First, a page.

An 'absconding swarm' refers to a swarm of bees that are completely abandoning their hive.
Normal swarms are simply a part of the reproductive cycle of bee societies. A queen bee will lead a swarm from the old hive, taking with her the older generation of worker bees and drones. They will leave the younger bees behind to continue the colony in the original hive; this will usually include a queen or at least a developing queen, the entire brood (the larvae and pupae), and enough bees to take care of everything until the brood starts hatching and replenishes the hive.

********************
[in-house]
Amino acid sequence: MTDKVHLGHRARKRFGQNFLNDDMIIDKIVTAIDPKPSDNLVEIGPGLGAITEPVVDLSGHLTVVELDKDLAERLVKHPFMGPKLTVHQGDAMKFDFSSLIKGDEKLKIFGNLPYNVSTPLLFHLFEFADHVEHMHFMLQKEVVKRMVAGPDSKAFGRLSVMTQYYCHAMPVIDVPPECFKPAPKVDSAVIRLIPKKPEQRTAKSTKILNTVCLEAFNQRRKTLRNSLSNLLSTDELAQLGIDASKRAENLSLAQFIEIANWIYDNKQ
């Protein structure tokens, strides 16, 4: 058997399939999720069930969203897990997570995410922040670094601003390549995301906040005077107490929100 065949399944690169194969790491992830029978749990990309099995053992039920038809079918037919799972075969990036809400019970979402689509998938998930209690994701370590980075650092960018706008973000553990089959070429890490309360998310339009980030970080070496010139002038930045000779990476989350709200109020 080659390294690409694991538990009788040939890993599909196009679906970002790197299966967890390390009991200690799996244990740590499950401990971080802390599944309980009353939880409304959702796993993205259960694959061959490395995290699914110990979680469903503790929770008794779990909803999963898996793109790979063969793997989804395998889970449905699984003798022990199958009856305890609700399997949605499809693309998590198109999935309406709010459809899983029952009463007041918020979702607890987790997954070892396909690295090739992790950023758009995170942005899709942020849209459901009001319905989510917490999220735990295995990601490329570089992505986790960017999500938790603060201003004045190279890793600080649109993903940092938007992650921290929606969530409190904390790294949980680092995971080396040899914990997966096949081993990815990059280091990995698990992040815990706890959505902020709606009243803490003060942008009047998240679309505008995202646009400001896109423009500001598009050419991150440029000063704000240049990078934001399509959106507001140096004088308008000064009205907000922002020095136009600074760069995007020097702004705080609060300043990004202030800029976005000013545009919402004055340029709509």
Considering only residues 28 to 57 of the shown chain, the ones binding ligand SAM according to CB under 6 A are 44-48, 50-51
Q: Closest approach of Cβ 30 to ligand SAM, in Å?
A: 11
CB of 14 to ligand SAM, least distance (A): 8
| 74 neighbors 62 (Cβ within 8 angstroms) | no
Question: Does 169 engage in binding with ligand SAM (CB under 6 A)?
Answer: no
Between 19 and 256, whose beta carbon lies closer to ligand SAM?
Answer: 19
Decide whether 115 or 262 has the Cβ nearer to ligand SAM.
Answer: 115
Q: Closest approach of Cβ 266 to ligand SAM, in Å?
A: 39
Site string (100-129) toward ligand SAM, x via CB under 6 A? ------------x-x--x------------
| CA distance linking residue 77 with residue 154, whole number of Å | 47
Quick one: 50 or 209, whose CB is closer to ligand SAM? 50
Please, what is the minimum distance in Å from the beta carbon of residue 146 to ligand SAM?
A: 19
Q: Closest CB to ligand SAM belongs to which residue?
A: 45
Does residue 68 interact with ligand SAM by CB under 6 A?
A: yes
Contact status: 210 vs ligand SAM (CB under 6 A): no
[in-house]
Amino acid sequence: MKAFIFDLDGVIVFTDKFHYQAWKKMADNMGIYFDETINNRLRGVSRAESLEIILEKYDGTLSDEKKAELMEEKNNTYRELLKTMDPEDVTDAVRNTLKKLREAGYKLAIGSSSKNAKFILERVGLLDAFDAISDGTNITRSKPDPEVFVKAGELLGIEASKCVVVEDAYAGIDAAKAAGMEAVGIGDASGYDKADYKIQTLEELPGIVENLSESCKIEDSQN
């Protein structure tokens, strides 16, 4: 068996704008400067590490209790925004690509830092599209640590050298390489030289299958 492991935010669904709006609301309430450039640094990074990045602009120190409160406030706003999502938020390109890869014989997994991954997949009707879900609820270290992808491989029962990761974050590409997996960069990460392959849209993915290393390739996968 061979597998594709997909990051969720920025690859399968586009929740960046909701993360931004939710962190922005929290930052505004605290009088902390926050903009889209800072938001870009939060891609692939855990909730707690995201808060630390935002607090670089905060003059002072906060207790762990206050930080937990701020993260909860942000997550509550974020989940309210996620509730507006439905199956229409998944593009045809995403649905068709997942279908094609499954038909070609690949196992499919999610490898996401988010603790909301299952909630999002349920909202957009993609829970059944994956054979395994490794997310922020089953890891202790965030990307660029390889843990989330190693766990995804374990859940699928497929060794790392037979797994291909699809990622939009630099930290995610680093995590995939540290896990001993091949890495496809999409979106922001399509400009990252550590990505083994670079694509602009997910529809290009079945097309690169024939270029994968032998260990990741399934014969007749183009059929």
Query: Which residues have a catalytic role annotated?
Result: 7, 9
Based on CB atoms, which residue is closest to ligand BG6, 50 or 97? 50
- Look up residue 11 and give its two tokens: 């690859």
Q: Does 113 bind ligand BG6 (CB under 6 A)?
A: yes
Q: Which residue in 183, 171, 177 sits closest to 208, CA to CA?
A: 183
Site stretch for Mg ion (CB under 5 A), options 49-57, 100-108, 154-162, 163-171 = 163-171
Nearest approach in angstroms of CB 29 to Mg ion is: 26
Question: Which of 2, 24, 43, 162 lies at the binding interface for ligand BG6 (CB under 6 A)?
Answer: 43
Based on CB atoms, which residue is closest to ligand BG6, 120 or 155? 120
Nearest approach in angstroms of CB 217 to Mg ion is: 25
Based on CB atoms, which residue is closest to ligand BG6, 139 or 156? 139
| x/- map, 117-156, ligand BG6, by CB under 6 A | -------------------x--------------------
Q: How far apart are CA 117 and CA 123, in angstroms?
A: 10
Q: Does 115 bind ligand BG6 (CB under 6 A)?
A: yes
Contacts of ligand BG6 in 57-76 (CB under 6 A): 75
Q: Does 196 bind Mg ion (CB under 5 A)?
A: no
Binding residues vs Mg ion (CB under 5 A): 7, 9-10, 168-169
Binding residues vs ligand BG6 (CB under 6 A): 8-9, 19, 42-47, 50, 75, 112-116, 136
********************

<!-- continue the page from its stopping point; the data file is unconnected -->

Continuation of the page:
In an absconding swarm, all the bees that can get up and go, do so. This is a drastic measure, and is not a form of reproduction, as the entire brood is left to die. This may be done as the result of attacks on the hive (from humans, dragonflies, ants, snakes, mice, etc.), starvation, or disease (such as foulbrood). Absconding swarms are very rare; a colony will usually die out before vacating the hive.
Africanized honeybees are more likely to form an absconding swarm when resources are scarce than are European honeybees, sometimes descending on farms and other human habitations where there are steady water supplies or food sources.